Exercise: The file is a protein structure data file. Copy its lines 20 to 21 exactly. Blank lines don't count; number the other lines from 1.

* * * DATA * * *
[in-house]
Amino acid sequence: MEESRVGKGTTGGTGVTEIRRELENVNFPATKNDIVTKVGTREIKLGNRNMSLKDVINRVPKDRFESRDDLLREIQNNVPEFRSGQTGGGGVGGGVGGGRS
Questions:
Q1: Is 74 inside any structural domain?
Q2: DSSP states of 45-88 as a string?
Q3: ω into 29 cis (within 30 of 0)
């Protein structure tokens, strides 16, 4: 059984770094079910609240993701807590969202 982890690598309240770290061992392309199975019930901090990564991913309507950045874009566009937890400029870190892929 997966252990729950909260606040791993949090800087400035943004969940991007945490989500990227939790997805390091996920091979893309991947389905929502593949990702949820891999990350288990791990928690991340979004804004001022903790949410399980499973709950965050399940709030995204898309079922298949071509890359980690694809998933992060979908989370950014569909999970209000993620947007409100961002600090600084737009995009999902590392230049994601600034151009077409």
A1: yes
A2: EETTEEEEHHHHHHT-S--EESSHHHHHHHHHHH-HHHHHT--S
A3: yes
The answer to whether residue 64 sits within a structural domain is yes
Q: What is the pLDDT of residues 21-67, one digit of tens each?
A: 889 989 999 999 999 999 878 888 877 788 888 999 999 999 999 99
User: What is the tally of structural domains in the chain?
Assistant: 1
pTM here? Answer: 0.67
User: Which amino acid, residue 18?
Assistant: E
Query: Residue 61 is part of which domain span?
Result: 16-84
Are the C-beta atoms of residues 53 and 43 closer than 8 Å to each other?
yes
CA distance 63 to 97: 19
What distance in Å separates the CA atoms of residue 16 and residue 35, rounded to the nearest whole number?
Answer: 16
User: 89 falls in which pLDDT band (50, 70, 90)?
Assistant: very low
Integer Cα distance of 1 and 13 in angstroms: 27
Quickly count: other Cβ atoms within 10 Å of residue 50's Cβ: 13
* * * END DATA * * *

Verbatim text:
Result: 16-84
Are the C-beta atoms of residues 53 and 43 closer than 8 Å to each other?